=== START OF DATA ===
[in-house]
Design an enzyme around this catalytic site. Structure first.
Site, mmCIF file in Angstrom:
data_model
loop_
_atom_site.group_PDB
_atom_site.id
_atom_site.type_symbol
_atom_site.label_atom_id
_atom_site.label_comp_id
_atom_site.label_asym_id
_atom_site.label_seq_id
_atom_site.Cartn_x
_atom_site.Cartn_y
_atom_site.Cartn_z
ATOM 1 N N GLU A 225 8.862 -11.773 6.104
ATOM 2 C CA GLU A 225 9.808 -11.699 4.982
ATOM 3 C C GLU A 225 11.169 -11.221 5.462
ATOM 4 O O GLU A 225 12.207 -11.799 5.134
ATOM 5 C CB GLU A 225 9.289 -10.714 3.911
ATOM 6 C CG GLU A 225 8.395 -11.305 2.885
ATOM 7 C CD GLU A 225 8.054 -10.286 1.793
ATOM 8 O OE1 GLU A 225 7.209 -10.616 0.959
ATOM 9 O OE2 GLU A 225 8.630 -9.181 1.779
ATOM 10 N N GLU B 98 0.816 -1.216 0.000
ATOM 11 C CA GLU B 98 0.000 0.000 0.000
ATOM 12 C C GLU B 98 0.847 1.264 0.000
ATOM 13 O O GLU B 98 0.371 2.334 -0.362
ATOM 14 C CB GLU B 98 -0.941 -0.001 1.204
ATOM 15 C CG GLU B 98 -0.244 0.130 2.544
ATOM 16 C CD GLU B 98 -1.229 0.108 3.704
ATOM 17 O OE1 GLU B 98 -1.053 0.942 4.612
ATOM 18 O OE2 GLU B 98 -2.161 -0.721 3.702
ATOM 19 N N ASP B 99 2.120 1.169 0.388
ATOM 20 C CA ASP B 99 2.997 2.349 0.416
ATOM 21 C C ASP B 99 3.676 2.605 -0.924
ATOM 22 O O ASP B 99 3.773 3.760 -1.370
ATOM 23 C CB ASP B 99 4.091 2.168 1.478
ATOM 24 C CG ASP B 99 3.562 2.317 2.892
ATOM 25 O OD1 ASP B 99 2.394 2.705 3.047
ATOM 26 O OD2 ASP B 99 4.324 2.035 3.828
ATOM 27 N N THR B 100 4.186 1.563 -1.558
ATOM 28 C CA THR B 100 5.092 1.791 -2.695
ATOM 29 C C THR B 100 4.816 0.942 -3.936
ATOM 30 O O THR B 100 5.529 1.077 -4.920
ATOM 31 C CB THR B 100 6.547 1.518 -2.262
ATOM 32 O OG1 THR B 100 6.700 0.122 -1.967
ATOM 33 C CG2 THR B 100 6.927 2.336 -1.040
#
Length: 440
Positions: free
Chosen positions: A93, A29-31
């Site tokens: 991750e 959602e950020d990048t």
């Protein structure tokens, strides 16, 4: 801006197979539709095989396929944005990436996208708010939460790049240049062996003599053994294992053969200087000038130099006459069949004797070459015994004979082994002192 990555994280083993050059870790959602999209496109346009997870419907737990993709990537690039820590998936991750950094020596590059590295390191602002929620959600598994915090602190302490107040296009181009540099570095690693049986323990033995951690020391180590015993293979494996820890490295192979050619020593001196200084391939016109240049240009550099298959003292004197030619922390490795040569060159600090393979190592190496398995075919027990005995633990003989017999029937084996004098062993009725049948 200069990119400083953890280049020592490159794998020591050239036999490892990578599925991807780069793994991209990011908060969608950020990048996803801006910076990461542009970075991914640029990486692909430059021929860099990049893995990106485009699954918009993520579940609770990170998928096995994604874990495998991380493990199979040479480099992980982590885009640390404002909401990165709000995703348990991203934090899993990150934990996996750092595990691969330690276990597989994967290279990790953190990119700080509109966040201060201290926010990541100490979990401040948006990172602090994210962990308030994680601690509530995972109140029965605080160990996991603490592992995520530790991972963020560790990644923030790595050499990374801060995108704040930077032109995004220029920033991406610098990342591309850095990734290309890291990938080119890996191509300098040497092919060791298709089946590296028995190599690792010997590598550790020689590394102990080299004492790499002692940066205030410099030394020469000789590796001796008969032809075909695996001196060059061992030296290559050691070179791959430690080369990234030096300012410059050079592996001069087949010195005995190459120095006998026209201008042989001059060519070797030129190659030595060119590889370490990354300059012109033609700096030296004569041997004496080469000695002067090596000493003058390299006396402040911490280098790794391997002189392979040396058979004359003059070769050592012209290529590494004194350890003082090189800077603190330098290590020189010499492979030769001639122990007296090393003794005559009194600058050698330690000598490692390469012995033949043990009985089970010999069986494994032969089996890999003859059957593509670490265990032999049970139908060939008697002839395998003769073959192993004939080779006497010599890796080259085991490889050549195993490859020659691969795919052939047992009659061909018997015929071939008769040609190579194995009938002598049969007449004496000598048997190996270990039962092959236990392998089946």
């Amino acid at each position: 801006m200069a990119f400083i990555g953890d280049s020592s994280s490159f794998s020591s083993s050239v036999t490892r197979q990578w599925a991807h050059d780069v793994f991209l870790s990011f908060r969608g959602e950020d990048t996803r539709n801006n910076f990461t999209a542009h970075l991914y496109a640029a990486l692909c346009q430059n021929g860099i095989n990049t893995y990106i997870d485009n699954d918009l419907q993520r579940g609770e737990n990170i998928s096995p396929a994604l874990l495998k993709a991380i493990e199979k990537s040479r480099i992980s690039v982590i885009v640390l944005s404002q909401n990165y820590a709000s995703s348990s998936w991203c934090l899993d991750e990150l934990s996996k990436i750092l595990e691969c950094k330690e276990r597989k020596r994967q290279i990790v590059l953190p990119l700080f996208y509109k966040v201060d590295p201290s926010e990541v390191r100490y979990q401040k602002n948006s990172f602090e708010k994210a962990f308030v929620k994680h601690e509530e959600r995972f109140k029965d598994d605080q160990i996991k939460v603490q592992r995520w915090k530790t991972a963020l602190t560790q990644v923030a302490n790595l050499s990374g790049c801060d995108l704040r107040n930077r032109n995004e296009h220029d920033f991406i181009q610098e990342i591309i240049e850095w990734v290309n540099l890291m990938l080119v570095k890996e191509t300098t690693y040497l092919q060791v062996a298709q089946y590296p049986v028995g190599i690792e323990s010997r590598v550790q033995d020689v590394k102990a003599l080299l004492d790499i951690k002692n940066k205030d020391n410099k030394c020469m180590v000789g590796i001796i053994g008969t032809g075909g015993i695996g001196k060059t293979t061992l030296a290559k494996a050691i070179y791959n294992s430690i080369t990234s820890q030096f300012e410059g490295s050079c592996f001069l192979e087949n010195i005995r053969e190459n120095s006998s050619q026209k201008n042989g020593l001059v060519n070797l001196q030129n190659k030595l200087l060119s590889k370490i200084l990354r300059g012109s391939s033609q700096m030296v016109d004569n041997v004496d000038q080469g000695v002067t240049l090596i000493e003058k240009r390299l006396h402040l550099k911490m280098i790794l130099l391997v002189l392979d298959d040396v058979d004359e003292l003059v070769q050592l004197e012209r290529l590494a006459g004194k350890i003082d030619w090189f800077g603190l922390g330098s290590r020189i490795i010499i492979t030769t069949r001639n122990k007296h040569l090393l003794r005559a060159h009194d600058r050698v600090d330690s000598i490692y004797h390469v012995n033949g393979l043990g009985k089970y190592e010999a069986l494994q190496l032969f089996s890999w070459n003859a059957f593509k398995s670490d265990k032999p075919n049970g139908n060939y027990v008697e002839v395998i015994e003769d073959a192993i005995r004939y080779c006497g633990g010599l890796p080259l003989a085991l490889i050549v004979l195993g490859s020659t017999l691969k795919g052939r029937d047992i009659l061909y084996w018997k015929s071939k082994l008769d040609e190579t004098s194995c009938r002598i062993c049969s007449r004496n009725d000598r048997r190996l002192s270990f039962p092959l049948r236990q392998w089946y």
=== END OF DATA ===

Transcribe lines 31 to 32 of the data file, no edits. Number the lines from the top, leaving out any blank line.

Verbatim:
ATOM 16 C CD GLU B 98 -1.229 0.108 3.704
ATOM 17 O OE1 GLU B 98 -1.053 0.942 4.612